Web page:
Wednesday, May 22, 2013

“What’s In a Name?”

Sichos HaRan 95
Translated and annotated by Rabbi Aryeh Kaplan, Rabbi Nachman’s Wisdom (Breslov Research Institute), pp. 219-221, with minor modifications.

A man’s destiny and mission in life are determined by the name he is given.[1]

Sometimes a man completes his mission before his destined time to die. He must then be given a new name.

A man’s name is the garment of his soul after death.

A name is a garment.

It is written (Isaiah 42:8), “ I am G-d [YHVH]; it is My name and My glory.”

Glory is a garment. Thus, Rabbi Yochanan would call his clothing “my glory.”[2]

G-d is called by the Tetragramaton — Yud-Heh-Vav-Heh.

This name comes from a root meaning “existence.”

It is this Name that gives existence to all creation.[3]

Above all worlds there is a place where G-d has no name. This is a realm where He cannot be grasped at all.

It is written (Psalms 138:2), “ For greater than Your Name is Your word.”

G-d’s action is the saying with which He created the world.[4]

“Your word” is therefore G-d’s action.

G-d has actions that are above all worlds. These are greater than all his names.

There is a realm above all worlds where there is absolutely no concept of name.

Regarding G-d’s word in such realms the verse says, “ For greater than Your Name is Your word.”

It is written that in the Future World (Isaiah 62:2), “And nations will see your righteousness... and they will call you by a new name.”

The nations will then perceive the true mission of the Jews and will therefore give them a new name.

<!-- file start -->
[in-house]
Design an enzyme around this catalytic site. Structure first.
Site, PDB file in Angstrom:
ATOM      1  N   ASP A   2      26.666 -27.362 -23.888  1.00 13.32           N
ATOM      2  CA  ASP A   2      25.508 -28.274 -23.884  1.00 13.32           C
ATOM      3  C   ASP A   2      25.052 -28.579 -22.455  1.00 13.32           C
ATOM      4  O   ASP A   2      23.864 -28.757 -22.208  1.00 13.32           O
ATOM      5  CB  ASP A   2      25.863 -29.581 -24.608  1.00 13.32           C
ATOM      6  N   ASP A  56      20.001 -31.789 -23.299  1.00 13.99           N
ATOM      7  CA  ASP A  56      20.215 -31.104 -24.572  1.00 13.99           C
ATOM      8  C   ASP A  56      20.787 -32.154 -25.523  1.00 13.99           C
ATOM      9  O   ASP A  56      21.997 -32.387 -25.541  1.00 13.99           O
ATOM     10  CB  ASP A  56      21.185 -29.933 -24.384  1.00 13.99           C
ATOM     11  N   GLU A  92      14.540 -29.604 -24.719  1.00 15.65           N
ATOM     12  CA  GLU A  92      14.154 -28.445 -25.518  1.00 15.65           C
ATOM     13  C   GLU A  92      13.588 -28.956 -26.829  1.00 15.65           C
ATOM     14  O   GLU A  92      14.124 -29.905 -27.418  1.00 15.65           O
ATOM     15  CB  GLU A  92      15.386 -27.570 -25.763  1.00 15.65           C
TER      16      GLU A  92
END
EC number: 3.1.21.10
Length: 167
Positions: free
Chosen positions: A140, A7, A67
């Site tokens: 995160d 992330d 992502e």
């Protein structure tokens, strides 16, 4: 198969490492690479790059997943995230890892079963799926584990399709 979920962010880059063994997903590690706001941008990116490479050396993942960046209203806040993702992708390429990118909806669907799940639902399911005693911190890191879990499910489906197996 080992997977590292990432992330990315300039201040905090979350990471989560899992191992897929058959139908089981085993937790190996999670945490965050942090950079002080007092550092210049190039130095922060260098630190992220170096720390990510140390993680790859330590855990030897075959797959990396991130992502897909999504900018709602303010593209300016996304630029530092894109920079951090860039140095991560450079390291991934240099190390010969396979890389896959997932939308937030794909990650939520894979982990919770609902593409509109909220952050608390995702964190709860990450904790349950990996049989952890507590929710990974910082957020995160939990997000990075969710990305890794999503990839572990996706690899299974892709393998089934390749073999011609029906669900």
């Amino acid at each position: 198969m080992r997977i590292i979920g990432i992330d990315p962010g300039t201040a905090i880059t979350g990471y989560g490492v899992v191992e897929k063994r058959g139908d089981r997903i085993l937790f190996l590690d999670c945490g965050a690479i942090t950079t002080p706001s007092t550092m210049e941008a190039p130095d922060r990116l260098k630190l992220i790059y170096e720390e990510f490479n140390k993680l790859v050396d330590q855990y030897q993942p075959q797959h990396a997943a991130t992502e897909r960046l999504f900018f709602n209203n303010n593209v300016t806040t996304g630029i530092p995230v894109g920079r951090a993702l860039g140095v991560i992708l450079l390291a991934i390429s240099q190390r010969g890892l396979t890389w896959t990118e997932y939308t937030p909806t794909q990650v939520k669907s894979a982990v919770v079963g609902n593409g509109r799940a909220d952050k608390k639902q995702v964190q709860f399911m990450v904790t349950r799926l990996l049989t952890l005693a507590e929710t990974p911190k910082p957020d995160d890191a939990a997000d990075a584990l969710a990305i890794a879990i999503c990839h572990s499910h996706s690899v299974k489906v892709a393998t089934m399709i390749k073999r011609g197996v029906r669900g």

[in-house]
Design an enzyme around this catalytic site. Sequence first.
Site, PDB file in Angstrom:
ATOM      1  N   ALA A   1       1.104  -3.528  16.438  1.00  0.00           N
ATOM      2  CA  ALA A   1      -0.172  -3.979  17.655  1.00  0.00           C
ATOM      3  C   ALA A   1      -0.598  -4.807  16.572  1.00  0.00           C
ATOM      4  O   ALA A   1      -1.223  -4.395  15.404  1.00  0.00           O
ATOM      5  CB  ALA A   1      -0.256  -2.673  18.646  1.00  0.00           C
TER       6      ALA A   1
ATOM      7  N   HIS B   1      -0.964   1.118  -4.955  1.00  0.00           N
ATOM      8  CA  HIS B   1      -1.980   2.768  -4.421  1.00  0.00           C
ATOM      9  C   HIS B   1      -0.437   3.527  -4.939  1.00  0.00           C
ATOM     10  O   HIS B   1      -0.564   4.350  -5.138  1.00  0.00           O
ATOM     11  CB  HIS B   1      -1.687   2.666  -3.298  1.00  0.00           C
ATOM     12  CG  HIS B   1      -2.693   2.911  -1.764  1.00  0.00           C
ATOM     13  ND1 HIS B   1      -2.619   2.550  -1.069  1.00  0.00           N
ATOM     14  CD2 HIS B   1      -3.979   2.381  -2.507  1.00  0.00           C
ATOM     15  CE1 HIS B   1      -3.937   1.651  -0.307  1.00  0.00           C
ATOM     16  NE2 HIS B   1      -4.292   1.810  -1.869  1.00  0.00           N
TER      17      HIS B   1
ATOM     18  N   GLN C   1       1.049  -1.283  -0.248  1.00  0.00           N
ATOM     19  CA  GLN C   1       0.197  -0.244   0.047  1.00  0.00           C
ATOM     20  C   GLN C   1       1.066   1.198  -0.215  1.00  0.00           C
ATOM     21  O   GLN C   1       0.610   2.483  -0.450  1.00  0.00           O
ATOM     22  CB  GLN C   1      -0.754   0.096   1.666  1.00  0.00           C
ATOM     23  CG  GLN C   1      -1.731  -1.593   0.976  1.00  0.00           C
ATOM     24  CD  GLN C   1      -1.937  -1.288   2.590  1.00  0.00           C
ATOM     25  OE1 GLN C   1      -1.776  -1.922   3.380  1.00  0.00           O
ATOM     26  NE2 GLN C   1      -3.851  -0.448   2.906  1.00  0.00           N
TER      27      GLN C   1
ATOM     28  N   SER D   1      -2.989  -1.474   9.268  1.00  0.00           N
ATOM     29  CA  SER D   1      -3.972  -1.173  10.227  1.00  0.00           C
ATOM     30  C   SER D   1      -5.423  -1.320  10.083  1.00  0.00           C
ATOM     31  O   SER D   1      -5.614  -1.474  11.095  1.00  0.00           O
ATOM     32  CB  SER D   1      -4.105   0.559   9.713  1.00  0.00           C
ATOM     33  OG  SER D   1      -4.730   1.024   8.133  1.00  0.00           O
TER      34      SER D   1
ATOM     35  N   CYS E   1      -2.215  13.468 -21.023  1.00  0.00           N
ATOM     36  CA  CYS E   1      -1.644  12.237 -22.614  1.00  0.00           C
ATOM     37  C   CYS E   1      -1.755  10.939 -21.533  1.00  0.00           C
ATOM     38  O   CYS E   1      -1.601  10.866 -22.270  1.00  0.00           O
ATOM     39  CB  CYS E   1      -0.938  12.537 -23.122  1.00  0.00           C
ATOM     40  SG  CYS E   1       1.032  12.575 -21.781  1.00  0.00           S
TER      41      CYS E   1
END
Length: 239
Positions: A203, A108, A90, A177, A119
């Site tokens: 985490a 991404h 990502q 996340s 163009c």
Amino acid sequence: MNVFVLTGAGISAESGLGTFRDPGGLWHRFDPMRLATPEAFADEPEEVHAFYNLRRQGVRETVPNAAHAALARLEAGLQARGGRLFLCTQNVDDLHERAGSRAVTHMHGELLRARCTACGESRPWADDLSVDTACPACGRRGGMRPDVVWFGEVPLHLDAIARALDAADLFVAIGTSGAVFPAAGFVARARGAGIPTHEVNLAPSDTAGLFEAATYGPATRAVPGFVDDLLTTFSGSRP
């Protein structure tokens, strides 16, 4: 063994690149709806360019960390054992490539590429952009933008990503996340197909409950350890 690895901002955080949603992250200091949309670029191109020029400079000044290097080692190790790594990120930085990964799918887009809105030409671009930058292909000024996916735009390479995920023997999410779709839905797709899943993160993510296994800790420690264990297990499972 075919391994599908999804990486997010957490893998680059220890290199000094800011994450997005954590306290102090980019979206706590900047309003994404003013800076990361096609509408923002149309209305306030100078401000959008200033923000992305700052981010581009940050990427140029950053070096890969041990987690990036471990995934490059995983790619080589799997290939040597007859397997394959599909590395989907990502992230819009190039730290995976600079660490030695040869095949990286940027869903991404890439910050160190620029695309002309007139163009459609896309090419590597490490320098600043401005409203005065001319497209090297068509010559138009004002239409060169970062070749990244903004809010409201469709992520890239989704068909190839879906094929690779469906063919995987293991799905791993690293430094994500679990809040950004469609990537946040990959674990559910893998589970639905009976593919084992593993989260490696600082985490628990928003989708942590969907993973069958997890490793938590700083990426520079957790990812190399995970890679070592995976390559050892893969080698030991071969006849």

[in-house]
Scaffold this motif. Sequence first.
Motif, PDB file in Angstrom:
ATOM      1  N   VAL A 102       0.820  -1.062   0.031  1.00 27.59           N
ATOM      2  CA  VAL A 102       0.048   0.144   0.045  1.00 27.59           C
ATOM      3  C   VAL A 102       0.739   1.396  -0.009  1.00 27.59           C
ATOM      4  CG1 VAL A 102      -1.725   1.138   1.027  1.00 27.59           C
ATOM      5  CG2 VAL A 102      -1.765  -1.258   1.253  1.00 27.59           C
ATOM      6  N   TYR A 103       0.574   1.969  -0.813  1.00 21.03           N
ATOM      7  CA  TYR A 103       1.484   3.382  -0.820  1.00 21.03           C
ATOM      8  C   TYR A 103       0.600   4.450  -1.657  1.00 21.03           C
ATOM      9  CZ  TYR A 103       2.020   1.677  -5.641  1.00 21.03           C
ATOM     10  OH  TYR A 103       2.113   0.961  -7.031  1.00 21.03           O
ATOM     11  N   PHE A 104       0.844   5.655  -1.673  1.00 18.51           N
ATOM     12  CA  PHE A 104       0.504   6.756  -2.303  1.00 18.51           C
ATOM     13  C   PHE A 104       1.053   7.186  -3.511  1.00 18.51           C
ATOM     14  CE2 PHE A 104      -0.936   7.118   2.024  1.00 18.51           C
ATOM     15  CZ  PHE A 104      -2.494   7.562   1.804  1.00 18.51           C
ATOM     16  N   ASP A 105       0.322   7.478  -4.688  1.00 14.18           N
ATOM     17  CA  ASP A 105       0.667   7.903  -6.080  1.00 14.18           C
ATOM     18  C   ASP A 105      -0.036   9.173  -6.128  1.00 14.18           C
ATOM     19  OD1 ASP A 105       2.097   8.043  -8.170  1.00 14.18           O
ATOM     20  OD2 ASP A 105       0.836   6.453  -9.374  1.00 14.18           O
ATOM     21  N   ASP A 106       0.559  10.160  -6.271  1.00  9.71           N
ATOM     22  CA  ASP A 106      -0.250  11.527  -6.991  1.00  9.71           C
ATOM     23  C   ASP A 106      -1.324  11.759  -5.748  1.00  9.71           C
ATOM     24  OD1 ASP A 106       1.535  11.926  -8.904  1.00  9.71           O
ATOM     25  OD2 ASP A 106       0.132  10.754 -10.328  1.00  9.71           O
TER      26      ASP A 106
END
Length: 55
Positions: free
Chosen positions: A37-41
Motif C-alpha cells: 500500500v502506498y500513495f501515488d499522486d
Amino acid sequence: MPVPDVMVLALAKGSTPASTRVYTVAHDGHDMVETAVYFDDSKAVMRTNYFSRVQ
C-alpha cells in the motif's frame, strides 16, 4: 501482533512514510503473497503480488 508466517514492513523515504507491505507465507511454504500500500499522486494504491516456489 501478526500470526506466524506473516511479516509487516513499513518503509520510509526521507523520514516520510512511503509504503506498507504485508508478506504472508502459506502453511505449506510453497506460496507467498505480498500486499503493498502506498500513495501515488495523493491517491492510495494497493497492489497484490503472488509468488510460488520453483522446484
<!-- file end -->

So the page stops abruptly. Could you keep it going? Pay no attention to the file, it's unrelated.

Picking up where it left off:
There are people who complete the mission assodated with their name in the middle of their lifetime. They are then given a new mission, and hence, a new name. This concept contains many deep and awesome secrets.

It is customary to give a new name to a dangerously sick person.”[5]

The sick person has already fulfilled his destiny according to his original name, and is therefore ready to die. We then give him a new name, thereby also giving him a new mission. The sick person can now continue to live and complete the mission associated with his new name.

Our Rabbis teach us that our teacher Moses had many names.[6]

Moses had many missions in life. He therefore required a different name for each one of his great tasks.

[1] Berakhos 7b; Sefer HaMidos, Banim 68.
[2] Shabbos 113b.
[3] The Tetragrammaton comes from the root HaYah—to be—and its present tense, HoVeH. See Orach Chaim 5:1, Rashbam on Exodus 3:14; Rabbi Gedaliah Kenig, Chayey Nefesh, 56.
[4] Avos 5:1.
[5] Yoreh Deah 335:10, in Hagahah; Even HaEzer 129:18.
[6] In Sanhedrin 19b, the verse in I Chronicles 4:18 is interpreted to refer to the names of Moses, giving us Yered, Avigdor, Chever, Avi Socho, Yekusiel and Avi Zenuach as his names. Cf. Targum, Radak, ad loc. In Sotah 12a the name Toviah is also given. In VaYikra Rabbah 1:3 all these names are mentioned, as well as Shemayah ben Nesanel, from I Chronicles 24:6; cf. Targum, ad loc. See also Yalkut Shimoni on Exodus 2:10 (#166); Seder HaDoros, year 2368.

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